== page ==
Her first published story, “Za koho ísť?” (Who to go for?) would not occur until 1893 and was quite risqué for the time, with its focus on getting a “good catch” in marriage — a theme that would recur in her stories. A key element of Timrava’s social message is the depiction of the relationship between men and women. She unconventionally presented this relationship as the naïve girl losing her illusions or reconciling with reality.
In what could be described as writings ahead of her time in terms of the portrayal of women in late 19th-century European society, she developed a psychologically complex type of heroine with unusual feelings of sadness and disillusionment related to the social atmosphere of the era. This productive period was interrupted by a scandal regarding the publishing of the short story “Skúsenosť” (An experience) in the periodical Slovenské pohľady (Slovak views) in 1902. The author described her experiences as a companion to the widow of Pavol Országh Hviezdoslav (Slovakia’s greatest poet) in Dolný Kubín and presented a sarcastic portrait of relations in patriotic Slovak circles. Since her analysis did not spare even the most prominent figures of Slovak literature of the day, the editor bowed to pressure to cut or modify certain passages. This element of censorship disgusted Timrava, and she gave up expressing her views openly for a period of time.
She spent the years 1904 to 1906 searching for new creative outlets, producing writings with varied focus and artistic value. Her most important works were the long novellas Bez hrdosti (Without pride, 1905) and Veľké šťastie (A great deal of luck, 1906), which went beyond traditional realistic poetics. They are distinguished by the heroine’s intense subjectivity, a relaxed structure, and a preference for literary stylisation before realistic illusion. In the short story “Tá zem vábna” (The tempting land, 1907), Timrava realistically and even ironically addressed the emotive and intense topic of emigration to America. Another work, “Márnosť všetko” (The futility of everything, 1908), is a grand exploration of basic human values in the dimensions of life and death, chronicling the tragic demise of a maid who becomes rich but is unfortunate in motherhood. Her period of mature creativity culminated in the short story “Ťapákovci” (The Ťapáks, 1914), which, through the relations within the Ťapák family, shows the passing of a social era and the tragi-comic introduction of capitalism into the Slovak countryside.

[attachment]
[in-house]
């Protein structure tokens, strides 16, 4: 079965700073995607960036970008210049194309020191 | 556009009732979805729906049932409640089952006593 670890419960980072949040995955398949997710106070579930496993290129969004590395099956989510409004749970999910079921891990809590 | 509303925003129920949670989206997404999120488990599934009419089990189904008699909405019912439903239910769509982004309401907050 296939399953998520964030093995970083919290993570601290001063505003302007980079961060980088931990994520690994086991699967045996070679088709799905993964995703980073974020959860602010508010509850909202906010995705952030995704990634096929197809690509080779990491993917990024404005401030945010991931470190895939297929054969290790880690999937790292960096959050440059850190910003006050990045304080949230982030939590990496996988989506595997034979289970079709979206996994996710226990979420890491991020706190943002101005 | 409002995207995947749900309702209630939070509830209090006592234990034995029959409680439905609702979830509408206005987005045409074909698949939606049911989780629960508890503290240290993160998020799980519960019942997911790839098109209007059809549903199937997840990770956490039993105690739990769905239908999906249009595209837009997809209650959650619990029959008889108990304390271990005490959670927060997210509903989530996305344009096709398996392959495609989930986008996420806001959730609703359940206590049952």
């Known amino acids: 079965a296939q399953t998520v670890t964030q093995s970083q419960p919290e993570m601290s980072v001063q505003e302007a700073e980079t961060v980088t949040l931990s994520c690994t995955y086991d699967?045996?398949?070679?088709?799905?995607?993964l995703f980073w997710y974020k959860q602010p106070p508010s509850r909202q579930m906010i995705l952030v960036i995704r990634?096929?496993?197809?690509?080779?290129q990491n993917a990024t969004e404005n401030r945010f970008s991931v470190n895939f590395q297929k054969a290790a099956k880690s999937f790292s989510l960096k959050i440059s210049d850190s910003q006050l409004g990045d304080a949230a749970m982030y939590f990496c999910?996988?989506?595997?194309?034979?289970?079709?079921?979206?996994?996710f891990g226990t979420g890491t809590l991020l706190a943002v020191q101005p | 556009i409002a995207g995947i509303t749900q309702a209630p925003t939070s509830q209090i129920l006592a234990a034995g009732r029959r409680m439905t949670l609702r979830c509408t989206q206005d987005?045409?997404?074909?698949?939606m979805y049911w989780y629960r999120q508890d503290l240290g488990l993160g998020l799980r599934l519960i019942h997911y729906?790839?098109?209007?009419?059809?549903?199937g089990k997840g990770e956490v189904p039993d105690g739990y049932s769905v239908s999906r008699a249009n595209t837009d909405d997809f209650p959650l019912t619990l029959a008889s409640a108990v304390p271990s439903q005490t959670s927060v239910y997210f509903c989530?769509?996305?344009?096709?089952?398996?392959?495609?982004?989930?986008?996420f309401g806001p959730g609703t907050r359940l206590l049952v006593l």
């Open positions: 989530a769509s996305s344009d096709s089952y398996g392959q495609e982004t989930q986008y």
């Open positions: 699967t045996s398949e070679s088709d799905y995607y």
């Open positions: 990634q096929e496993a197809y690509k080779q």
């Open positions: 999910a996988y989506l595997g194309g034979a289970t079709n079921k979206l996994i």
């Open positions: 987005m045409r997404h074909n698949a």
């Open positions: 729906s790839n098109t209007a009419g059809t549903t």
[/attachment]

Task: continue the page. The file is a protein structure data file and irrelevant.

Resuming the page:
She wrote the pacifistic short story “Hrdinovia” (The heroes, 1918) for a competition, but in doing so, sought to accommodate social expectations — somewhat to the detriment of the work’s artistic credibility. She returned to stylistic excellence in her 1921 short story about human misery, weakness, and suffering which was entitled “Skon Paľa Ročku” (The death of Paľo Ročka). In the short story “Všetko za národ” (Everything for the nation, 1926), the author takes a stance against the literary conventions promoted by elites in central Slovakia and their excessive attachment to the nation and folklore. Her later short stories “Dve doby” (Two eras, 1936) and “Záplava” (The flood, 1938) look ironically at social conditions associated with the changed situation in the new Czech Republic after the partition of the country just before the start of the Second World War.
The plot of “Bez hrdosti’ (Without pride) centres on an unpromising love affair between the autobiographical heroine and a self-confident Hungarianised Slovak. Timrava’s self-irony, bordering on self-condemnation, may be related to her spinsterhood (as it was regarded at the time), and also may be the result of a refusal to compromise in the emotional sphere. Božena Slančíková Timrava died in 1951 and was buried in Lučenec, a town in the Banská Bystrica region of south-central Slovakia. Many of her writings are still in print, and it is fair to say that Timrava’s works have most certainly enjoyed more posthumous popularity than during her lifetime. Timrava herself has been remembered and honoured with a memorial statue in Lučenec and on a postage stamp issued earlier in the year.